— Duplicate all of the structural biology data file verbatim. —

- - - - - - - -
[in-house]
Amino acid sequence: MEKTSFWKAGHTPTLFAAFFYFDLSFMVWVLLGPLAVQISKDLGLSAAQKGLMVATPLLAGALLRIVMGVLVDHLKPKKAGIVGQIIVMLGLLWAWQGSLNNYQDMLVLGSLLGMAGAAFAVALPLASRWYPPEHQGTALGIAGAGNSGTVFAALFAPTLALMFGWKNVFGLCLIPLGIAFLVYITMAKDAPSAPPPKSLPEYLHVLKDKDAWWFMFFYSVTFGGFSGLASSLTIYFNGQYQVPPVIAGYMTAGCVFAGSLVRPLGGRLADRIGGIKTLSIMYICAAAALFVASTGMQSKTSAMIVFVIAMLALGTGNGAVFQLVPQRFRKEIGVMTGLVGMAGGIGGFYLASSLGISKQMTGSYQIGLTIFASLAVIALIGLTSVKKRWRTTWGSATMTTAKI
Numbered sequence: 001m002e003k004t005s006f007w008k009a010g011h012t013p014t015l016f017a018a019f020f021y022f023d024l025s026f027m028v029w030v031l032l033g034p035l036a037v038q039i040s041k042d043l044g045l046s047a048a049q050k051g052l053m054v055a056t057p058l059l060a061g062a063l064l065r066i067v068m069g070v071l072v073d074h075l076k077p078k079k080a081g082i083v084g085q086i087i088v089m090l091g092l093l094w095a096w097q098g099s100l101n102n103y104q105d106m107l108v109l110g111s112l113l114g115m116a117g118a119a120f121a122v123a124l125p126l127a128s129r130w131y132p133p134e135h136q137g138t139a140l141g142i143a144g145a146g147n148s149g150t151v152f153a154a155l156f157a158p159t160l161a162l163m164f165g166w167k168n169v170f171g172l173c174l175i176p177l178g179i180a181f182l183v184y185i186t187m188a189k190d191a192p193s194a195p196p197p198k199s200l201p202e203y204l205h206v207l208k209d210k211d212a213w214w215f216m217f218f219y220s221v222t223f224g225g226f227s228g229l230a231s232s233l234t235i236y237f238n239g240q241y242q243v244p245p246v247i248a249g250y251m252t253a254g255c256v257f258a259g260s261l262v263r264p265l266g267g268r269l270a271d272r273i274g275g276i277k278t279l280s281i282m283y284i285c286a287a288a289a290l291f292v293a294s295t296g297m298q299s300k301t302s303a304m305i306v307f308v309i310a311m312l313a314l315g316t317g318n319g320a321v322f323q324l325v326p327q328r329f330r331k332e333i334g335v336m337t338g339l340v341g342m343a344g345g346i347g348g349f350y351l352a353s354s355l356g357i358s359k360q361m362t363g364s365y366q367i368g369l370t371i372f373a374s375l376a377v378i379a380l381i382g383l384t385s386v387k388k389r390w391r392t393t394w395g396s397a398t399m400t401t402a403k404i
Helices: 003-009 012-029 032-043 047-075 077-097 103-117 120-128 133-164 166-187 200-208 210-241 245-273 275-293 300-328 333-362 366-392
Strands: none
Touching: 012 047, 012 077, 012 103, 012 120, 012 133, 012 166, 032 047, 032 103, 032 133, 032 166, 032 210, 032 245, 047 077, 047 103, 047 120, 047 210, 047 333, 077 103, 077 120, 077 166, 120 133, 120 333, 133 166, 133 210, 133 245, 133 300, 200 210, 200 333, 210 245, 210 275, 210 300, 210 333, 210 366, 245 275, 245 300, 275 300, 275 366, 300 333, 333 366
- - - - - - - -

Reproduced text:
[in-house]
Amino acid sequence: MEKTSFWKAGHTPTLFAAFFYFDLSFMVWVLLGPLAVQISKDLGLSAAQKGLMVATPLLAGALLRIVMGVLVDHLKPKKAGIVGQIIVMLGLLWAWQGSLNNYQDMLVLGSLLGMAGAAFAVALPLASRWYPPEHQGTALGIAGAGNSGTVFAALFAPTLALMFGWKNVFGLCLIPLGIAFLVYITMAKDAPSAPPPKSLPEYLHVLKDKDAWWFMFFYSVTFGGFSGLASSLTIYFNGQYQVPPVIAGYMTAGCVFAGSLVRPLGGRLADRIGGIKTLSIMYICAAAALFVASTGMQSKTSAMIVFVIAMLALGTGNGAVFQLVPQRFRKEIGVMTGLVGMAGGIGGFYLASSLGISKQMTGSYQIGLTIFASLAVIALIGLTSVKKRWRTTWGSATMTTAKI
Numbered sequence: 001m002e003k004t005s006f007w008k009a010g011h012t013p014t015l016f017a018a019f020f021y022f023d024l025s026f027m028v029w030v031l032l033g034p035l036a037v038q039i040s041k042d043l044g045l046s047a048a049q050k051g052l053m054v055a056t057p058l059l060a061g062a063l064l065r066i067v068m069g070v071l072v073d074h075l076k077p078k079k080a081g082i083v084g085q086i087i088v089m090l091g092l093l094w095a096w097q098g099s100l101n102n103y104q105d106m107l108v109l110g111s112l113l114g115m116a117g118a119a120f121a122v123a124l125p126l127a128s129r130w131y132p133p134e135h136q137g138t139a140l141g142i143a144g145a146g147n148s149g150t151v152f153a154a155l156f157a158p159t160l161a162l163m164f165g166w167k168n169v170f171g172l173c174l175i176p177l178g179i180a181f182l183v184y185i186t187m188a189k190d191a192p193s194a195p196p197p198k199s200l201p202e203y204l205h206v207l208k209d210k211d212a213w214w215f216m217f218f219y220s221v222t223f224g225g226f227s228g229l230a231s232s233l234t235i236y237f238n239g240q241y242q243v244p245p246v247i248a249g250y251m252t253a254g255c256v257f258a259g260s261l262v263r264p265l266g267g268r269l270a271d272r273i274g275g276i277k278t279l280s281i282m283y284i285c286a287a288a289a290l291f292v293a294s295t296g297m298q299s300k301t302s303a304m305i306v307f308v309i310a311m312l313a314l315g316t317g318n319g320a321v322f323q324l325v326p327q328r329f330r331k332e333i334g335v336m337t338g339l340v341g342m343a344g345g346i347g348g349f350y351l352a353s354s355l356g357i358s359k360q361m362t363g364s365y366q367i368g369l370t371i372f373a374s375l376a377v378i379a380l381i382g383l384t385s386v387k388k389r390w391r392t393t394w395g396s397a398t399m400t401t402a403k404i
Helices: 003-009 012-029 032-043 047-075 077-097 103-117 120-128 133-164 166-187 200-208 210-241 245-273 275-293 300-328 333-362 366-392
Strands: none
Touching: 012 047, 012 077, 012 103, 012 120, 012 133, 012 166, 032 047, 032 103, 032 133, 032 166, 032 210, 032 245, 047 077, 047 103, 047 120, 047 210, 047 333, 077 103, 077 120, 077 166, 120 133, 120 333, 133 166, 133 210, 133 245, 133 300, 200 210, 200 333, 210 245, 210 275, 210 300, 210 333, 210 366, 245 275, 245 300, 275 300, 275 366, 300 333, 333 366